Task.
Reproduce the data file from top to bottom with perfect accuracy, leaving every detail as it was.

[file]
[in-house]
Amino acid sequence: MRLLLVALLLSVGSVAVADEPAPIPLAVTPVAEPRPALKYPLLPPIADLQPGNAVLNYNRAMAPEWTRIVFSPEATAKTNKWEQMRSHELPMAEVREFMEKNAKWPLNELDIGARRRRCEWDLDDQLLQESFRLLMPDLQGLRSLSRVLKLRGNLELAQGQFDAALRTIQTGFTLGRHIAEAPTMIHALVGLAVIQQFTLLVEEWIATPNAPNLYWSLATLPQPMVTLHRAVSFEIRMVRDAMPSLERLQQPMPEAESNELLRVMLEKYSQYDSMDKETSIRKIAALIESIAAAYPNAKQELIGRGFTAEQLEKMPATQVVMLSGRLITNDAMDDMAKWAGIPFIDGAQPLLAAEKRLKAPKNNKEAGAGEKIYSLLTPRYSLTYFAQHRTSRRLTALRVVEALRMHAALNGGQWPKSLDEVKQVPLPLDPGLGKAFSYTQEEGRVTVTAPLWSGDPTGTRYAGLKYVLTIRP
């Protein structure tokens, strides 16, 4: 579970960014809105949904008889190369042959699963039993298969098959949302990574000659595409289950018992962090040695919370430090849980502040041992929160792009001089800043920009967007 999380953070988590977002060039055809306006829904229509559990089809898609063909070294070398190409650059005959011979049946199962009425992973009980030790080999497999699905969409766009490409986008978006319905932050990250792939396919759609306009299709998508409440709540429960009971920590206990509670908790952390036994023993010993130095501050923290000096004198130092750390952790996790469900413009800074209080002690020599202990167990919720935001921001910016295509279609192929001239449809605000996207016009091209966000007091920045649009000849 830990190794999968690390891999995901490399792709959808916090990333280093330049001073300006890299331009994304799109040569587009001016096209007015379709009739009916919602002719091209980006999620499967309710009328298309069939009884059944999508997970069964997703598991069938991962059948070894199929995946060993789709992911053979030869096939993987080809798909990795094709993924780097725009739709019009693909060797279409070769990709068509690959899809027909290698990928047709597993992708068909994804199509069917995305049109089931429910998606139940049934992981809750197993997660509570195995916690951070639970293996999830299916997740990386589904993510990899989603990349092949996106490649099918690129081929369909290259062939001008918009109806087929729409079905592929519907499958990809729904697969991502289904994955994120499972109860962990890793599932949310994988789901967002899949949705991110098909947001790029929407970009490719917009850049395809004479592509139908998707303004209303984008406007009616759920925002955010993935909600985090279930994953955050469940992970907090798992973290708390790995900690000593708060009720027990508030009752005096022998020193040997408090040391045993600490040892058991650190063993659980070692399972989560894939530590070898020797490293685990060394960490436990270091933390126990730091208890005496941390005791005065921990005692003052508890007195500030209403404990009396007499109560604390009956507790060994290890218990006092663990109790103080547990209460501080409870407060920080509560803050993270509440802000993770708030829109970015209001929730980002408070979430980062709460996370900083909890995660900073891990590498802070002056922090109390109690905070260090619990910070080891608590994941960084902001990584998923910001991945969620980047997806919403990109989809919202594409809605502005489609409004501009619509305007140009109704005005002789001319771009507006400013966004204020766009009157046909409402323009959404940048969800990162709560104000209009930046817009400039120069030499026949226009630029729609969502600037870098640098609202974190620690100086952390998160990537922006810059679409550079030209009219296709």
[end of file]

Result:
[in-house]
Amino acid sequence: MRLLLVALLLSVGSVAVADEPAPIPLAVTPVAEPRPALKYPLLPPIADLQPGNAVLNYNRAMAPEWTRIVFSPEATAKTNKWEQMRSHELPMAEVREFMEKNAKWPLNELDIGARRRRCEWDLDDQLLQESFRLLMPDLQGLRSLSRVLKLRGNLELAQGQFDAALRTIQTGFTLGRHIAEAPTMIHALVGLAVIQQFTLLVEEWIATPNAPNLYWSLATLPQPMVTLHRAVSFEIRMVRDAMPSLERLQQPMPEAESNELLRVMLEKYSQYDSMDKETSIRKIAALIESIAAAYPNAKQELIGRGFTAEQLEKMPATQVVMLSGRLITNDAMDDMAKWAGIPFIDGAQPLLAAEKRLKAPKNNKEAGAGEKIYSLLTPRYSLTYFAQHRTSRRLTALRVVEALRMHAALNGGQWPKSLDEVKQVPLPLDPGLGKAFSYTQEEGRVTVTAPLWSGDPTGTRYAGLKYVLTIRP
């Protein structure tokens, strides 16, 4: 579970960014809105949904008889190369042959699963039993298969098959949302990574000659595409289950018992962090040695919370430090849980502040041992929160792009001089800043920009967007 999380953070988590977002060039055809306006829904229509559990089809898609063909070294070398190409650059005959011979049946199962009425992973009980030790080999497999699905969409766009490409986008978006319905932050990250792939396919759609306009299709998508409440709540429960009971920590206990509670908790952390036994023993010993130095501050923290000096004198130092750390952790996790469900413009800074209080002690020599202990167990919720935001921001910016295509279609192929001239449809605000996207016009091209966000007091920045649009000849 830990190794999968690390891999995901490399792709959808916090990333280093330049001073300006890299331009994304799109040569587009001016096209007015379709009739009916919602002719091209980006999620499967309710009328298309069939009884059944999508997970069964997703598991069938991962059948070894199929995946060993789709992911053979030869096939993987080809798909990795094709993924780097725009739709019009693909060797279409070769990709068509690959899809027909290698990928047709597993992708068909994804199509069917995305049109089931429910998606139940049934992981809750197993997660509570195995916690951070639970293996999830299916997740990386589904993510990899989603990349092949996106490649099918690129081929369909290259062939001008918009109806087929729409079905592929519907499958990809729904697969991502289904994955994120499972109860962990890793599932949310994988789901967002899949949705991110098909947001790029929407970009490719917009850049395809004479592509139908998707303004209303984008406007009616759920925002955010993935909600985090279930994953955050469940992970907090798992973290708390790995900690000593708060009720027990508030009752005096022998020193040997408090040391045993600490040892058991650190063993659980070692399972989560894939530590070898020797490293685990060394960490436990270091933390126990730091208890005496941390005791005065921990005692003052508890007195500030209403404990009396007499109560604390009956507790060994290890218990006092663990109790103080547990209460501080409870407060920080509560803050993270509440802000993770708030829109970015209001929730980002408070979430980062709460996370900083909890995660900073891990590498802070002056922090109390109690905070260090619990910070080891608590994941960084902001990584998923910001991945969620980047997806919403990109989809919202594409809605502005489609409004501009619509305007140009109704005005002789001319771009507006400013966004204020766009009157046909409402323009959404940048969800990162709560104000209009930046817009400039120069030499026949226009630029729609969502600037870098640098609202974190620690100086952390998160990537922006810059679409550079030209009219296709």